A Tale of Two Disabilities

If it wasn’t clear to me that disability is a state of mind, it has become so over the last month. I have two patients with bad disease, but the wide difference between them has been weighing on me. Both are about the same age and both have what some might argue are self-inflicted disease.

One is applying for disability essentially because he is so obese that he cannot work. It is hard for him to get out of the house. We- the state tax payers- already pay for his medical bills because of his poverty. We sent him for evaluation for gastric bypass, but he was too heavy, needing to lose ~15 pounds to show that he was mentally ready for such a drastic change in his life. He has since gained weight and I have since filled out some paperwork related to his new disability claim. A lawyer out of Utah that specializes in “Bariatric Law” is helping him.

The second patient is a lifetime smoker. Until recently he has smoked upwards of 3 packs per day. He now has terrible lung disease at a premature age as a result. He has been in my office with an O2 saturation of 75%….having just come from work. This is a guy that continues to work despite the fact that he cannot wear his oxygen while at work. His lung disease is so bad that it is giving him heart failure. His 5 year survival rate is around 30%. All this guy wants to do is work. It would not take him a lawyer to get on disability; it would take quitting his job. That’s all, he already qualifies for disability, but he does not want to quit his job. We- the state tax payers- now pay his medical bills, but he previously was paying for office visits out of his own pockets and continuing to work. Last time I had him in the hospital he wanted to leave before I thought he was ready because he didn’t want to take any more time off work. This is not a bikini model sun tan lotion applier kind of a job. This is a factory job, on a line.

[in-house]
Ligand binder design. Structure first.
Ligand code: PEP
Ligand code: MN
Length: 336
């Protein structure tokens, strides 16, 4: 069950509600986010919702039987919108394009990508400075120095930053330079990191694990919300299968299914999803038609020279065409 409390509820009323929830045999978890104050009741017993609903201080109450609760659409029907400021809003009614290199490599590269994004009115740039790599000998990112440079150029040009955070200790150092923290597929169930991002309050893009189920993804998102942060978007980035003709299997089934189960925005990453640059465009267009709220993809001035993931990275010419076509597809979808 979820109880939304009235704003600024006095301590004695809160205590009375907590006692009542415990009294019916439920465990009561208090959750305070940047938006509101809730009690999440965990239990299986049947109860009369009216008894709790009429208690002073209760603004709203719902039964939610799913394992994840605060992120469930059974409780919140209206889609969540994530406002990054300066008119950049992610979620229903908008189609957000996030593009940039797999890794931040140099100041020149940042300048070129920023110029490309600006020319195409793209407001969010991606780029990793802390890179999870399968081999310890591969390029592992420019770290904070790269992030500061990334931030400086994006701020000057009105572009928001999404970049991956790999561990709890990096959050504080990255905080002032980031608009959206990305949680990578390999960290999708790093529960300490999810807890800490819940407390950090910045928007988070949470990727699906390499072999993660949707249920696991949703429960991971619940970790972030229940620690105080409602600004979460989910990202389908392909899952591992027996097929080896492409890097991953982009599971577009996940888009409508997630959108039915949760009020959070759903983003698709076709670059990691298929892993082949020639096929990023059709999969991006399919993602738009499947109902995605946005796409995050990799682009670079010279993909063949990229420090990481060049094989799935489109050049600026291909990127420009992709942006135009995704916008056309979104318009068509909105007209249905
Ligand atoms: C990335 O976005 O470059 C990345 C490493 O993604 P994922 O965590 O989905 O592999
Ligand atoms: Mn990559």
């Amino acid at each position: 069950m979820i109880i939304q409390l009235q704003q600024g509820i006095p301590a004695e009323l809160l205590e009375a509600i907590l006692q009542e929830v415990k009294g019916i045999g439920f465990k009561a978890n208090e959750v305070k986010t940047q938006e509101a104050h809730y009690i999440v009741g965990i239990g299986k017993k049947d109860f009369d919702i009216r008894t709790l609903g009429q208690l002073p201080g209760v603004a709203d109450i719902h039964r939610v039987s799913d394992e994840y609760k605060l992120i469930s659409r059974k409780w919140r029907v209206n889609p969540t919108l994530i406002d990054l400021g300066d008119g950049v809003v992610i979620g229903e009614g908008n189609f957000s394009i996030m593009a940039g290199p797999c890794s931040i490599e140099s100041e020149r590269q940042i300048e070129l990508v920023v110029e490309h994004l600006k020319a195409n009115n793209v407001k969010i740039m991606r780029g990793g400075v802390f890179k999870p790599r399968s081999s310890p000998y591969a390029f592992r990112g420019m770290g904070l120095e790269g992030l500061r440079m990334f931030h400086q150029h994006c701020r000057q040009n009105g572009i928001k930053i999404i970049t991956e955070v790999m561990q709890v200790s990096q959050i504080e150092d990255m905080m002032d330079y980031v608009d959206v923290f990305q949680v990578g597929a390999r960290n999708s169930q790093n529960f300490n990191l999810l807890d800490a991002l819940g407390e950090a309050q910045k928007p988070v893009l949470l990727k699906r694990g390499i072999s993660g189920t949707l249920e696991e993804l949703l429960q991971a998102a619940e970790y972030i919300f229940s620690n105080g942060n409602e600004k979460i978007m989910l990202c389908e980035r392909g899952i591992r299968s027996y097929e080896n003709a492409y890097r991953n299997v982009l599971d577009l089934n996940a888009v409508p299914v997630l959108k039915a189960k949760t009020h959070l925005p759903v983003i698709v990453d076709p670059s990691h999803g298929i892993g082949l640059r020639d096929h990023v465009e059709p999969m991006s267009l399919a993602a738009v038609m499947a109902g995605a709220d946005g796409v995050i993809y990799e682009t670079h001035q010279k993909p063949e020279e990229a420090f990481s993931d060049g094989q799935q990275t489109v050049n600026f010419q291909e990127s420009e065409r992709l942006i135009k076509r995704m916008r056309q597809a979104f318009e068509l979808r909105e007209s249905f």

Self inflicted disease? Perhaps. Totally different world views? Clearly. The problem for me is the emotional reaction each of these patient’s evokes in me. I probably don’t really even need to spell it out, because I suspect most people would feel the same way. Many would be quick to point out that it is very hard to weigh over 400 pounds, the strain on his body and joints is immense and he probably really can’t work. Which is probably true, but the other patient is literally killing himself to work (wearing his oxygen all the time would basically help halt the heart damage and help him live longer and healthier).

Regardless of what anyone might feel about these patients, the obviously underlying message is that disability is a state of mind. Two patients with disease which results directly from a combination of addiction and bad genetics (not everyone that smokes gets lung disease and not everyone that over-eats gets to be 400 pounds), but one has whatever feature of personality that lets him continue to work and the other is perfectly content to let us pay for his 3500 calories per day just to maintain that weight lying in bed all day. Oops that sounded like judgementalism. I need a cigarette

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Published in: on April 13, 2010 at 7:02 pm  Comments (5)